Excellent article on Fusion Centers from The Freeman
The Fort Wayne Journal Gazette reported on July 25 that “there are 72 fusion centers around the nation, analyzing and disseminating data and information of all kinds. That is one for every state and others for large urban cities.”
What is a fusion center?
The answer depends on your perspective. If you work for the Department of Homeland Security, it is a federal, state, local, or regional data-coordination units, designed to improve the sharing of anti-terrorism and anti-crime data in order to make America safer. If you are privacy or civil-rights advocate, it is part of a powerful new domestic surveillance infrastructure that combines data from both the public and private sectors to track innocent people and so makes Americans less safe from their own government. In that respect, the fusion center is reminiscent of the East German stasi, which used tens of thousands of state police and hundreds of thousands of informers to monitor an estimated one-third of the population.
The history of fusion centers provides insight into which answer is correct.
Fusion centers began in 2003 under the administration of George W. Bush as a joint project between the departments of Justice and Homeland Security. The purpose (pdf) is to coordinate federal and local law enforcement by using the “800,000 plus law enforcement officers across the country” whose intimate awareness of their own communities makes them “best placed to function as the ‘eyes and ears’ of an extended national security community.” The fusion centers are hubs for the coordination. By April 2008 there were 58.
The growth has continued under the Obama administration. Indeed, Obama has also continued Bush’s concealment of domestic intelligence activity by threatening to veto legislation that authorizes broader congressional oversight or review of intelligence agencies by the Government Accountability Office (GAO). As a result of that threat, the GAO provision was removed from the Intelligence Authorization Act.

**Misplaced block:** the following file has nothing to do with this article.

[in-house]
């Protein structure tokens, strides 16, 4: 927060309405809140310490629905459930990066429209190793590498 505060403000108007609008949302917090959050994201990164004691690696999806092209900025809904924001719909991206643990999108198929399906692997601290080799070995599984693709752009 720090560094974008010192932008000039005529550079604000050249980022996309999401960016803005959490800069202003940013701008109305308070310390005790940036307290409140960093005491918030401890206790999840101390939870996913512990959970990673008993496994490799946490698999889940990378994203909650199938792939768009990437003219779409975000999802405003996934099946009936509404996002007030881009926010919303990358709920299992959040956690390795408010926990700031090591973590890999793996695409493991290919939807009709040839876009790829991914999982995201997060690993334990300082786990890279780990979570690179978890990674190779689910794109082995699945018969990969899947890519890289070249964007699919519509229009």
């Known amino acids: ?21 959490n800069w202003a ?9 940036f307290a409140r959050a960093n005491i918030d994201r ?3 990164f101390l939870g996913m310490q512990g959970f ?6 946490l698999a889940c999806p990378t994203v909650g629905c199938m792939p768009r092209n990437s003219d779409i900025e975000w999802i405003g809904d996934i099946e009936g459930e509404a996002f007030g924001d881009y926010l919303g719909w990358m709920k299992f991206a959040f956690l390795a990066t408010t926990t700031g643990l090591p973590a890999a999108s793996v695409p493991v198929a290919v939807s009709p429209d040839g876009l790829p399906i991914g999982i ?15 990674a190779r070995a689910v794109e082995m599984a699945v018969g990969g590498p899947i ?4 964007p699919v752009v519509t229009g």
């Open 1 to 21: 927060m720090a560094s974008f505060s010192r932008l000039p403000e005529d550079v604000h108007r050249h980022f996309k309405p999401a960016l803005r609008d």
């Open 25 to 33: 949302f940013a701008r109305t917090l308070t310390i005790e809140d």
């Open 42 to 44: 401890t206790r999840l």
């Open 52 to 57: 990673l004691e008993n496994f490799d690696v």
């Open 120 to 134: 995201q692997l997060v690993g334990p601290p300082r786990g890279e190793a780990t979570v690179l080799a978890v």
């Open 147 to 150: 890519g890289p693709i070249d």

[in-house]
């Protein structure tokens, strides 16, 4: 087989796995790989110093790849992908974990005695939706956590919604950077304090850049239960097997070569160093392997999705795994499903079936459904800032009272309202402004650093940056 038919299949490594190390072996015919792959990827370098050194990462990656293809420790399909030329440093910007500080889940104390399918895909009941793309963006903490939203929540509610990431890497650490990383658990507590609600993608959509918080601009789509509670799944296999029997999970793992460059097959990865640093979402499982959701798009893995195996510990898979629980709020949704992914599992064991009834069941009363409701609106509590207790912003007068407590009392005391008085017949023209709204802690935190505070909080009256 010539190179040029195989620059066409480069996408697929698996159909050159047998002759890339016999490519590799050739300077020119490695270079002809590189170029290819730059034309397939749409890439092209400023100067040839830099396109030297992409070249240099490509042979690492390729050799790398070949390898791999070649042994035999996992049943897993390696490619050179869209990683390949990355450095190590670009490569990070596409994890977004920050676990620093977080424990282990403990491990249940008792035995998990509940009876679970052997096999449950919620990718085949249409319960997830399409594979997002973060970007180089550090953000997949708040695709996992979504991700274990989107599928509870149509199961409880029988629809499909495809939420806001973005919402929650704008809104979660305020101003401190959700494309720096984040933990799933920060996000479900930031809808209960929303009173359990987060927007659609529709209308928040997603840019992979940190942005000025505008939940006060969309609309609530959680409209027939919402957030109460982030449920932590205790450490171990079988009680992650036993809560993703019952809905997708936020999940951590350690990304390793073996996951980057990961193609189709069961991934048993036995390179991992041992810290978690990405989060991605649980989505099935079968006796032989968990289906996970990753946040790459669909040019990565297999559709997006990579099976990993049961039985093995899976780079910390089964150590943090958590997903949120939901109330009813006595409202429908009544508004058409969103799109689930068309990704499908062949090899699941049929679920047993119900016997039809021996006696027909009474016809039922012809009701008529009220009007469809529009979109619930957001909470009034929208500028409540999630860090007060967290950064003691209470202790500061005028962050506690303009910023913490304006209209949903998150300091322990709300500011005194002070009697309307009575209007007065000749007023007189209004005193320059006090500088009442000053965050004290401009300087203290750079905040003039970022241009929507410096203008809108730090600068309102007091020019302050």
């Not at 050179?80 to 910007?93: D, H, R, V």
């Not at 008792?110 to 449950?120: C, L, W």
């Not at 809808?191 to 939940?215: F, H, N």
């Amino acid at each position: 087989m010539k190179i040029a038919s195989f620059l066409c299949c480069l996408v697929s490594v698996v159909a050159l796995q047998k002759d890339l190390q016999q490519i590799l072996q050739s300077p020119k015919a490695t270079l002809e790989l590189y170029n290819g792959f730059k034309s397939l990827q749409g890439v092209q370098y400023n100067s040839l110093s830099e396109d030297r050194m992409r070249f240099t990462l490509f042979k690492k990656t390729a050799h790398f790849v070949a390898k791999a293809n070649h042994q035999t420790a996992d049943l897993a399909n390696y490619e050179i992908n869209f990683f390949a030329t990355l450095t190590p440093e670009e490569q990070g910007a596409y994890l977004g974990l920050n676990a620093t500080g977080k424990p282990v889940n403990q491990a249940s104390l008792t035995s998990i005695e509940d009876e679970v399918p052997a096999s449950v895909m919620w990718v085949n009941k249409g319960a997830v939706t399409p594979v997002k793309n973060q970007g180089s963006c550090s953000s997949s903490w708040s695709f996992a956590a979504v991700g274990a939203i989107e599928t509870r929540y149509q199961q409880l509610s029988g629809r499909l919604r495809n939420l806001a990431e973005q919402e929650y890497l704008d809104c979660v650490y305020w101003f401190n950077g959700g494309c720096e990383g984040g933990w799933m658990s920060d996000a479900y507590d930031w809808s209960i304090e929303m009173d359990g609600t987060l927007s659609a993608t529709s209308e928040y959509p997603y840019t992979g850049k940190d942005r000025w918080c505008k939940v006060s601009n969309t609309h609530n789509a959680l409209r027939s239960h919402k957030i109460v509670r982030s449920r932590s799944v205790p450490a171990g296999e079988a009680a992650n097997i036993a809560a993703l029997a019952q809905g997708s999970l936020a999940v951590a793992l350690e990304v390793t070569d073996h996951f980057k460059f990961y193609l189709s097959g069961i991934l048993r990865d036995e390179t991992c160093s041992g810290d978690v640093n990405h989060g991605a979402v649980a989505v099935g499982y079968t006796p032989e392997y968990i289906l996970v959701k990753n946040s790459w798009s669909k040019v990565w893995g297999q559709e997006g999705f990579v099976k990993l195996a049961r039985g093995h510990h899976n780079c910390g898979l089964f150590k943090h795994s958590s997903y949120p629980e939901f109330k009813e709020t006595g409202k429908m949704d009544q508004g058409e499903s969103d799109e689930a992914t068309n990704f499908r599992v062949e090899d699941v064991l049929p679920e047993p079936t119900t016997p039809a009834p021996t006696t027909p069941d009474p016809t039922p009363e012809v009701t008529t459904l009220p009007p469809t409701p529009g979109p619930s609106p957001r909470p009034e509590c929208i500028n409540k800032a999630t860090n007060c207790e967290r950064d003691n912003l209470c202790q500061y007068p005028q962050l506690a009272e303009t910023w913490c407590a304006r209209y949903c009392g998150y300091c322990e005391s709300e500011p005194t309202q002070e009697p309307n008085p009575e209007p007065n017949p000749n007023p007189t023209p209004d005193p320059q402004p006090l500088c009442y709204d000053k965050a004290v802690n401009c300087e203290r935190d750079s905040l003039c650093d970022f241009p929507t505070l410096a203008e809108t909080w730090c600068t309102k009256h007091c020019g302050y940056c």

Due to secrecy, it is difficult to describe a typical fusion center. But if the Indiana Intelligence Fusion Center is typical, this is what one looks like.
Indiana’s center has essentially become an arm of Indiana law enforcement…. It has 31 full-time staffers and two part-time employees. Some … are state employees. Others are assigned to the center from other agencies, such as the FBI, Transportation Security Administration, and Marion County Sheriff’s Department. They are joined by workers from the Department of Correction, the Indiana National Guard, the Indiana State Police, the Department of Natural Resources and local campus police…. There are also private sector analysts on contract. Previously those analysts were from EG&G Technical Services of California. The most recent contract with EG&G called for payment of $1.1 million….
Fusion centers invite reports from public employees such as firemen, ambulance drivers, and sanitation workers as well as from the private sector such as hospitals and neighborhood watch groups. They often operate tip hotlines; this means a “suspect’s” name could be submitted by a disgruntled employee, a hostile neighbor, or an ex-spouse who seeks child custody.
What or who is targeted by this sweeping coordination of data?
To get an idea, let’s look at the Los Angeles Police Department (LAPD) program, which the U.S. Office of the Director of National Intelligence said “should be a national model.” In June 2008 the departments of Justice and Homeland Security recommended expansion of the LAPD program to other cities.
In April 2008 the Wall Street Journal reported on a new LAPD policy that compelled officers to report “suspicious behaviors” to the local fusion center. LAPD Special Order #11, dated March 5, 2008, defined a list of 65 suspicious behaviors, including using binoculars, taking pictures or video footage “with no apparent esthetic value,” abandoning a vehicle, taking notes, and espousing extremist views. Local police were converted into domestic surveillance agents.